Running Squid

Squid should now be configured, and the directories should have the correct permissions. We should now be able to start Squid, and you can try and access the cache with a web browser. Squid is normally run by starting the RunCache script. RunCache (as mentioned ealier) restarts Squid if it dies for some reason, but at this stage we are merely testing that it will run properly: we can add it to startup scripts at a later stage.

Programs which handle network requests (such as inetd and sendmail) normally run in the background. They are run at startup, and log any messages to a file (instead of printing it to a screen or terminal, as most user-level programs do.) These programs are often referred to as daemon programs. Squid is such a program: when you run the squid binary, you should be immediately returned to the command line. While it looks as if the program ran and did nothing, it's actually sitting in the background waiting for incoming requests. We want to be able to see that Squid's actually doing something useful, so we increase the debug level (using -d 1) and tell it not to dissapear into the background (using -N.) If your machine is not connected to the Internet (you are doing a trial squid-install on your home machine, for example) you should use the -D flag too, since Squid tries to do DNS lookups for a few common domains, and dies with an error if it is not able to resolve them.

The following output is that printed by a default install of Squid:

cache1:~ # /usr/local/squid/bin/squid -N -d 1 -D

Squid reads the config file, and changes user-id's here:

1999/06/12 19:16:20| Starting Squid Cache version 2.2.DEVEL3 for i586-pc-linux-gnu...
1999/06/12 19:16:20| Process ID 4121

Each concurrent incoming request uses at least one filedescriptor. 256 filedescriptors is only enough for a small, lightly loaded cache server, see Chapter 12 for more details. Most of the following is diagnostic:

1999/06/12 19:16:20| With 256 file descriptors available
1999/06/12 19:16:20| helperOpenServers: Starting 5 'dnsserver' processes
1999/06/12 19:16:20| Unlinkd pipe opened on FD 13
1999/06/12 19:16:20| Swap maxSize 10240 KB, estimated 787 objects
1999/06/12 19:16:20| Target number of buckets: 15
1999/06/12 19:16:20| Using 8192 Store buckets, replacement runs every 10 seconds
1999/06/12 19:16:20| Max Mem  size: 8192 KB
1999/06/12 19:16:20| Max Swap size: 10240 KB
1999/06/12 19:16:20| Rebuilding storage in Cache Dir #0 (DIRTY)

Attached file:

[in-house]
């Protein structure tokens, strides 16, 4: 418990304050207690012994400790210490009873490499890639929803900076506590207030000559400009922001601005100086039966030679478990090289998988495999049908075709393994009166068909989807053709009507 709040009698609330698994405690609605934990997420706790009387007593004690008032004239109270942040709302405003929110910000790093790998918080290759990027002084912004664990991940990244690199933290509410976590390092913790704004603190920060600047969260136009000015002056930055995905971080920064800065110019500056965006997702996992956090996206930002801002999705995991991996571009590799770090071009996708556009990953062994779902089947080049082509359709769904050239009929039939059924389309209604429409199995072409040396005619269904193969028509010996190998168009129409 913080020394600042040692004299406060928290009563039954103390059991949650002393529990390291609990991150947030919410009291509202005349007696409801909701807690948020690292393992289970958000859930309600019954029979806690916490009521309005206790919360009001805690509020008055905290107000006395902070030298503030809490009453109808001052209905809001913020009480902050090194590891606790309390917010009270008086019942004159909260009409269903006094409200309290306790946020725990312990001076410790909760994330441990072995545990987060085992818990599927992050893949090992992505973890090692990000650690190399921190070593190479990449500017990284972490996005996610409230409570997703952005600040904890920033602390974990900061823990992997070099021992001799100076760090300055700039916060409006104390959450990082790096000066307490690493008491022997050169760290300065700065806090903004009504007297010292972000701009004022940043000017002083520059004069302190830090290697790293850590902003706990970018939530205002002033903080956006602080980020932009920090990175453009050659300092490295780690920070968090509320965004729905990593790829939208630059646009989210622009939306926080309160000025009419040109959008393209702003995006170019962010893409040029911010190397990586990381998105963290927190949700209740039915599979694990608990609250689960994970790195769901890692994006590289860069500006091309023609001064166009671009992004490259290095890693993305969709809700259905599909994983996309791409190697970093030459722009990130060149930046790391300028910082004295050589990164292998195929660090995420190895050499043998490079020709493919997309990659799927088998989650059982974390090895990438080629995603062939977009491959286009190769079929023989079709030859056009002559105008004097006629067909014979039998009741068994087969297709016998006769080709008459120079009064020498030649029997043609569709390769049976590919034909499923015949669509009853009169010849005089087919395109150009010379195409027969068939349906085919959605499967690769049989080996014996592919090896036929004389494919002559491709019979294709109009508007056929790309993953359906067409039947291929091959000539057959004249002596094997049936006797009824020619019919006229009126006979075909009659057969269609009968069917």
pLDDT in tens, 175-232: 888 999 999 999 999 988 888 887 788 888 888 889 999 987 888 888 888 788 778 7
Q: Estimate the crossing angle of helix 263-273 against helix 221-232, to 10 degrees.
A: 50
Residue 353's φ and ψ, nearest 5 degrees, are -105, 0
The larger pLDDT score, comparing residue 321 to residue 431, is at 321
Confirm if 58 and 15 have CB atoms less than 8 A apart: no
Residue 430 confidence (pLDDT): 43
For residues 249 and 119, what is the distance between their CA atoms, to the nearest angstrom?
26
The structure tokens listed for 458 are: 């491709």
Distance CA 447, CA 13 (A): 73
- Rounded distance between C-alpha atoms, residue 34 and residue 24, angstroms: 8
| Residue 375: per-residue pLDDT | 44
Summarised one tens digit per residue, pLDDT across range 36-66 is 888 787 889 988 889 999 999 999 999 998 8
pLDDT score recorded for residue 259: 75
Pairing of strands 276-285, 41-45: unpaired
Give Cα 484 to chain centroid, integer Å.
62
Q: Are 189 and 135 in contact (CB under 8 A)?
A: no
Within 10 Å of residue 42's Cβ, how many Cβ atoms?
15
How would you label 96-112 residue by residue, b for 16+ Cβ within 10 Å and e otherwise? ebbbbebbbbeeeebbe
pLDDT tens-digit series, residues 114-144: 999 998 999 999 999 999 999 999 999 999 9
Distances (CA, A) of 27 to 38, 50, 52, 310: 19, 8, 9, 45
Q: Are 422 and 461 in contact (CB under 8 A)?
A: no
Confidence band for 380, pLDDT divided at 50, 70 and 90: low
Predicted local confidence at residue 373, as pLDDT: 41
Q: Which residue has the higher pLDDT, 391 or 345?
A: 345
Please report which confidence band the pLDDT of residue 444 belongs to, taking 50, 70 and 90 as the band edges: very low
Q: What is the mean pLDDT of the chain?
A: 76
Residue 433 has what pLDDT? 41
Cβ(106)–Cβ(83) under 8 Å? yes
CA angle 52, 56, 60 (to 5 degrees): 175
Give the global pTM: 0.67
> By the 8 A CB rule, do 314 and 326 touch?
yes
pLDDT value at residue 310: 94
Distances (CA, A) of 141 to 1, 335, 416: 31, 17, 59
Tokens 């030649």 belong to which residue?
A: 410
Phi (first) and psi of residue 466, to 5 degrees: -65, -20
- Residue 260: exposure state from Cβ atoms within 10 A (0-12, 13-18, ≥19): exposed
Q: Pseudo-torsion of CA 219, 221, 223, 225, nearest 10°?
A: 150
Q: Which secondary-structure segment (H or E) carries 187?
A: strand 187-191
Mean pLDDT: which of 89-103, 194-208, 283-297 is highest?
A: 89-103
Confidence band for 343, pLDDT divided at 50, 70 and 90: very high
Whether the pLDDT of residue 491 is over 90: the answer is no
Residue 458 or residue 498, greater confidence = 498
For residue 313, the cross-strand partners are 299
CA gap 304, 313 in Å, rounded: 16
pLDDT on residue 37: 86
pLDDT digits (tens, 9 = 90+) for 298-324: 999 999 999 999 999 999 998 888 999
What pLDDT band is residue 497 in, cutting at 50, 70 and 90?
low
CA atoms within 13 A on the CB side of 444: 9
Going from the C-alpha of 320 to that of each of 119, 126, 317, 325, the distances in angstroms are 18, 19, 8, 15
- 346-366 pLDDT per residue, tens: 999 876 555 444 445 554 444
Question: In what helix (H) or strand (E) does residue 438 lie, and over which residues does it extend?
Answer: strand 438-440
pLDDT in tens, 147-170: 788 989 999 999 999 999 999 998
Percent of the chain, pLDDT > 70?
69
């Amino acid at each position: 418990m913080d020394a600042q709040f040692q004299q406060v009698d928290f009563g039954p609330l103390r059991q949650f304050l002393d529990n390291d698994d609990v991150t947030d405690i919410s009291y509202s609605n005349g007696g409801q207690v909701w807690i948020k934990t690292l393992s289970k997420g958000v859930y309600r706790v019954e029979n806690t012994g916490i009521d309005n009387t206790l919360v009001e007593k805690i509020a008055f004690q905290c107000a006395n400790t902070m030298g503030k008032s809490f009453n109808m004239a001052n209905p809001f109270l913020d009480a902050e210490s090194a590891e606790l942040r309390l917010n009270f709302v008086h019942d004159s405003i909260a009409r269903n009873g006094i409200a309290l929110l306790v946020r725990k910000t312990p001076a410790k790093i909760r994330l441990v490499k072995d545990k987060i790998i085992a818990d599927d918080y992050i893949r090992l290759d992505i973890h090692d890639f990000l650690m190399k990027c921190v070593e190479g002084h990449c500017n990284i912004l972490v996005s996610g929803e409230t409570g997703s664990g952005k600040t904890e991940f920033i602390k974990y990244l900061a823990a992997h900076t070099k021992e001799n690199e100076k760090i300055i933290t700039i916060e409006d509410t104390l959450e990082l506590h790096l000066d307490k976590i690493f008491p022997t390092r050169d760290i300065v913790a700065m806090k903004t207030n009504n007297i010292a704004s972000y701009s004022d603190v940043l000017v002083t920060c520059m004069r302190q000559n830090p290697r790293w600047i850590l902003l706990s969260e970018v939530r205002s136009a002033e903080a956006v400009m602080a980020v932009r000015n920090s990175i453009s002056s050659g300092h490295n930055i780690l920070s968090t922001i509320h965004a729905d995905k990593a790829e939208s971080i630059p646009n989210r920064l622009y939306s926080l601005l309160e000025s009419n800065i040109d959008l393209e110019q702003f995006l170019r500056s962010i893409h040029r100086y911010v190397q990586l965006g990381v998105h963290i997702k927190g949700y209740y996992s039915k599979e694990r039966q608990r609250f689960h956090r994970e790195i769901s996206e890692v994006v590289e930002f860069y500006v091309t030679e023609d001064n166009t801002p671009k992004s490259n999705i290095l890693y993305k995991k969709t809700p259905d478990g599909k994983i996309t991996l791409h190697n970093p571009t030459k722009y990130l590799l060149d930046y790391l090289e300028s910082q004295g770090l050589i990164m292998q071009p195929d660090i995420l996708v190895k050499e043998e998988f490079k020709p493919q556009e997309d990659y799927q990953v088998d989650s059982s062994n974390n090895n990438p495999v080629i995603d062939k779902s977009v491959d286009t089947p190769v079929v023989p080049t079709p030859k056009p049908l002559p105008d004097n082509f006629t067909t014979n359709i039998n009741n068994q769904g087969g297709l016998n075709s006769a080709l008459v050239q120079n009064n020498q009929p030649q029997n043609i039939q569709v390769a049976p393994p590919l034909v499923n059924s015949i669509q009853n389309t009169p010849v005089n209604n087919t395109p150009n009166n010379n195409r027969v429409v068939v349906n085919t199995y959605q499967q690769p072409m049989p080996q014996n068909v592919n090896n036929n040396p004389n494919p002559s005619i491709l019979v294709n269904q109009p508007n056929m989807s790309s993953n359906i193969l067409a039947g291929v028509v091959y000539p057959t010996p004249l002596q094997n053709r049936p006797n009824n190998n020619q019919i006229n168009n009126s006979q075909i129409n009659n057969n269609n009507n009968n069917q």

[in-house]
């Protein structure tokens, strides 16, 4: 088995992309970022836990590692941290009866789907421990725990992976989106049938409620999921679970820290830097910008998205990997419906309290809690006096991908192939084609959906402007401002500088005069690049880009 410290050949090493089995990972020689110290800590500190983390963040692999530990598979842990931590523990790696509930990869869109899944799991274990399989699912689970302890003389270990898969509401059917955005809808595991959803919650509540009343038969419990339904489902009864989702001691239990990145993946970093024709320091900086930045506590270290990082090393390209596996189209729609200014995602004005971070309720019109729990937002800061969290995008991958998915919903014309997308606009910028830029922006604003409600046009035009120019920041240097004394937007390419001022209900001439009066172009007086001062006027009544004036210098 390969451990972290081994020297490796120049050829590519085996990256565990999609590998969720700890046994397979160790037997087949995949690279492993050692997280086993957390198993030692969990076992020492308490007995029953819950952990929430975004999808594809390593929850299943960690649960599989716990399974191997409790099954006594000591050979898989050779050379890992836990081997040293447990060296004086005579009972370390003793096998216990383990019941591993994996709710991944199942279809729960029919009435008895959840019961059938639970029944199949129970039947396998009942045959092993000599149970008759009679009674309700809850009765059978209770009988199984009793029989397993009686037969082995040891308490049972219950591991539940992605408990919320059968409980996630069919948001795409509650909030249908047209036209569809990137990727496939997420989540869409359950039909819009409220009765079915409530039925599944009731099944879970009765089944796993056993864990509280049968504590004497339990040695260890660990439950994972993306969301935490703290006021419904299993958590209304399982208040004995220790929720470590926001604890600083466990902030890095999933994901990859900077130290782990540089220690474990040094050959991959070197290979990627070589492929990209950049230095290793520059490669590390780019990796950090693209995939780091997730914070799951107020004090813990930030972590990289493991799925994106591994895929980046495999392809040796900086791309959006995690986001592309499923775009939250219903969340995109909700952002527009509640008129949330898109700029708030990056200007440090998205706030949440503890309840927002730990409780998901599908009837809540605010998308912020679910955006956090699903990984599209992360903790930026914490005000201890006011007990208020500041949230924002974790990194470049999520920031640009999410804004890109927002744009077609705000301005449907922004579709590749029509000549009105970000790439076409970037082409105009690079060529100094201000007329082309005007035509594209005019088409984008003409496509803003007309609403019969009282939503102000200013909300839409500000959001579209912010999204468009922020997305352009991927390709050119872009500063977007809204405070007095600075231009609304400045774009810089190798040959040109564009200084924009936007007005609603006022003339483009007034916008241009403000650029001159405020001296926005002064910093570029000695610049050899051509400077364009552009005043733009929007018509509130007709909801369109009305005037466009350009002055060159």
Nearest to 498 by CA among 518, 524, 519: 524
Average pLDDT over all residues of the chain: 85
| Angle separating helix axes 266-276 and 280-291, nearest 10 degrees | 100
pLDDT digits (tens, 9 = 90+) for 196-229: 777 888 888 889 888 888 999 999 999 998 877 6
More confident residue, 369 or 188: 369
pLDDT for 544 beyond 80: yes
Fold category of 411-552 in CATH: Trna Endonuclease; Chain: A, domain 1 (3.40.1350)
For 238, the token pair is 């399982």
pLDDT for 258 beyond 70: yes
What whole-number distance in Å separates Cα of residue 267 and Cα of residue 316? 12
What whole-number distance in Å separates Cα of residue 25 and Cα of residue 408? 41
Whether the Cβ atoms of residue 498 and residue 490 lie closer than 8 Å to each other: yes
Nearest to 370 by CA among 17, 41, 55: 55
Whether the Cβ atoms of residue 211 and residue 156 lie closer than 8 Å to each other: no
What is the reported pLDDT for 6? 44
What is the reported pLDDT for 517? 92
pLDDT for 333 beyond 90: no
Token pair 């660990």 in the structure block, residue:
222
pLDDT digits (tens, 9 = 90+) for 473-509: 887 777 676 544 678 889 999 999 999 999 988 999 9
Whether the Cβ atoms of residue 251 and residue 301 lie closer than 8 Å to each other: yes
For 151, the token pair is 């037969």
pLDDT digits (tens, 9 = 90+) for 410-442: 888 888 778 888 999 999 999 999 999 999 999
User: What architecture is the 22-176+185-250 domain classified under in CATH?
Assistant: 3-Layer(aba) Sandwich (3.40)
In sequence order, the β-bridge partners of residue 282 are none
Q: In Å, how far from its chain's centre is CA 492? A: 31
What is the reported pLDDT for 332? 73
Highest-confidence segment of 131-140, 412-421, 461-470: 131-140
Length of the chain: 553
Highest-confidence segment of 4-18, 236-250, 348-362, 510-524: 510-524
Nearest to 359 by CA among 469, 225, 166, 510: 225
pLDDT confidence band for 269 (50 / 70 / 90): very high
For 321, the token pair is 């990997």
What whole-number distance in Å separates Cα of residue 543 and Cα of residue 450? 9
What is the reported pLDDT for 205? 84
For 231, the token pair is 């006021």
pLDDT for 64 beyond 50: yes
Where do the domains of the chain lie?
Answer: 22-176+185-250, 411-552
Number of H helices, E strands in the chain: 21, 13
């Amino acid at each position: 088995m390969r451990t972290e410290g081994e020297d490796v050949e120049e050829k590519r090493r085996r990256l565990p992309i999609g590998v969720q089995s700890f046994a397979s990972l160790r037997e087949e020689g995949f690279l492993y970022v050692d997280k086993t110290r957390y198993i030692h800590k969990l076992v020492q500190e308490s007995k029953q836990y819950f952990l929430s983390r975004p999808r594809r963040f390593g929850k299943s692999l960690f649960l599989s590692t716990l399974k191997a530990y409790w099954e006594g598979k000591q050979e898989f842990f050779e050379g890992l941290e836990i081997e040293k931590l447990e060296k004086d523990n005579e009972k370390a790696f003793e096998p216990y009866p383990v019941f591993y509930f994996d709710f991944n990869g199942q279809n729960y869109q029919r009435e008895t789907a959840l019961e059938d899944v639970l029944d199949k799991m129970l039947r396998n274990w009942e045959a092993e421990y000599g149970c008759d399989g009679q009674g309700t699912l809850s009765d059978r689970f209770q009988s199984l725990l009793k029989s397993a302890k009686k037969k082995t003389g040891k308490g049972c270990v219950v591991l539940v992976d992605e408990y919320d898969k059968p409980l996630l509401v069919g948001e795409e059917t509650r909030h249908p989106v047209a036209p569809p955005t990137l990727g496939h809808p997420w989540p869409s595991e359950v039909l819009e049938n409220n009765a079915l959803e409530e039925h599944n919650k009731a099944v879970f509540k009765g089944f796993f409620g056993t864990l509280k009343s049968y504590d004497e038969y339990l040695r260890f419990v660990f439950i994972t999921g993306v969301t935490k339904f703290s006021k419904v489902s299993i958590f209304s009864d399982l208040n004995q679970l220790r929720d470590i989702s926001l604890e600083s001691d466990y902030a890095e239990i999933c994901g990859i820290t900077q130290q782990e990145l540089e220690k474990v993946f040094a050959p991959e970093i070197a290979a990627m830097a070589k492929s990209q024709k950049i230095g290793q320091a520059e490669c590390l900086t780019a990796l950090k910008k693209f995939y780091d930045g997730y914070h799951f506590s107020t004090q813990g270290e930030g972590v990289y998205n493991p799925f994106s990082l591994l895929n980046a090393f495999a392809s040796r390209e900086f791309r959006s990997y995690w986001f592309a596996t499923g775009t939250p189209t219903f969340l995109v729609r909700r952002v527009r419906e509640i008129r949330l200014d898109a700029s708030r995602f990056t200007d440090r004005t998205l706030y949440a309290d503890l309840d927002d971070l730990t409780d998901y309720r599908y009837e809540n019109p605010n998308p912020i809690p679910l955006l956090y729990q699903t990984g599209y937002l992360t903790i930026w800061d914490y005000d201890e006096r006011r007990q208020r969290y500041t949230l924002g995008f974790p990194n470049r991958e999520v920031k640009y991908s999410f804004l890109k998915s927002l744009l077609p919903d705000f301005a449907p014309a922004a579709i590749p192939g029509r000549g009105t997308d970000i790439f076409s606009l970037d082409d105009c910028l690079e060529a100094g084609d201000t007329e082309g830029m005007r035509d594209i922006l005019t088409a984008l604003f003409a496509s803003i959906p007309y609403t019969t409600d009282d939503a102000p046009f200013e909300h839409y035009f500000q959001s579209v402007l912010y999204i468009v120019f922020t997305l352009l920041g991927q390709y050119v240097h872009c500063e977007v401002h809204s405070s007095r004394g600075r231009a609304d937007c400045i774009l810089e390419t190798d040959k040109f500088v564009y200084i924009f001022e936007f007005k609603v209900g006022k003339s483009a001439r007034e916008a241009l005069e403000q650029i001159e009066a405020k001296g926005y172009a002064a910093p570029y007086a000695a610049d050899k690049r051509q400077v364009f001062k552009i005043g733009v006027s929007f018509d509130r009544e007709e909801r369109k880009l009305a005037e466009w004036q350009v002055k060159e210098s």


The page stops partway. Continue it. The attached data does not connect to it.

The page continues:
When you connect to an ftp server without a cache, your browser chooses icons to match the files based on their filenames. When you connect through a cache server, it assumes that the page returned will be in html form, and will include tags to load any images so that the directory listing looks normal. Squid adds these tags, and has a collection of icons that it refers clients to. These icons are stored in /usr/local/squid/etc/icons/. If Squid has permission problems here, you need to make sure that these files are owned by the appropriate users (in the previous section we set permissions on the files in this directory.)

1999/06/12 19:16:20| Loaded Icons.

The next few lines are the most important. Once you see the Ready to serve requests line, you should be able to start using the cache server. The HTTP port is where Squid is waiting for browser connections, and should be the same as whatever we set it to in the previous chapter. The ICP port should be 3130, the default, and if you have included other protocols (such as HTCP) you should see them here. If you see permission denied errors here, it's possible that you are trying to bind to a low-numbered port (like 80) as a normal user. Try run the startup command is root, or (if you don't have root access on the machine) choose a high-numbered port. Another common error message at this stage is Address already in use. This occurs when another process is already listening to the given port. This could be because Squid is already started (perhaps you are upgrading from an older version which is being restarted by the RunCache script) or you have some other process listening on the same port (such as a web server.)

1999/06/12 19:16:20| Accepting HTTP connections on port 3128, FD 35.
1999/06/12 19:16:20| Accepting ICP messages on port 3130, FD 36.
1999/06/12 19:16:20| Accepting HTCP messages on port 4827, FD 37.
1999/06/12 19:16:20| Ready to serve requests.

Once Squid is up-and-running, it reads the cache-store. Since we are starting Squid for the first time, you should see only zeros for all the numbers below:

1999/06/12 19:16:20| storeRebuildFromDirectory: DIR #0 done!
1999/06/12 19:16:25| Finished rebuilding storage disk.
1999/06/12 19:16:25|         0 Entries read from previous logfile.
1999/06/12 19:16:25|         0 Entries scanned from swap files.
1999/06/12 19:16:25|         0 Invalid entries.
1999/06/12 19:16:25|         0 With invalid flags.
1999/06/12 19:16:25|         0 Objects loaded.
1999/06/12 19:16:25|         0 Objects expired.
1999/06/12 19:16:25|         0 Objects cancelled.
1999/06/12 19:16:25|         0 Duplicate URLs purged.
1999/06/12 19:16:25|         0 Swapfile clashes avoided.
1999/06/12 19:16:25|   Took 5 seconds (   0.0 objects/sec).
1999/06/12 19:16:25| Beginning Validation Procedure
1999/06/12 19:16:26| storeLateRelease: released 0 objects
1999/06/12 19:16:27|   Completed Validation Procedure
1999/06/12 19:16:27|   Validated 0 Entries
1999/06/12 19:16:27|   store_swap_size = 21k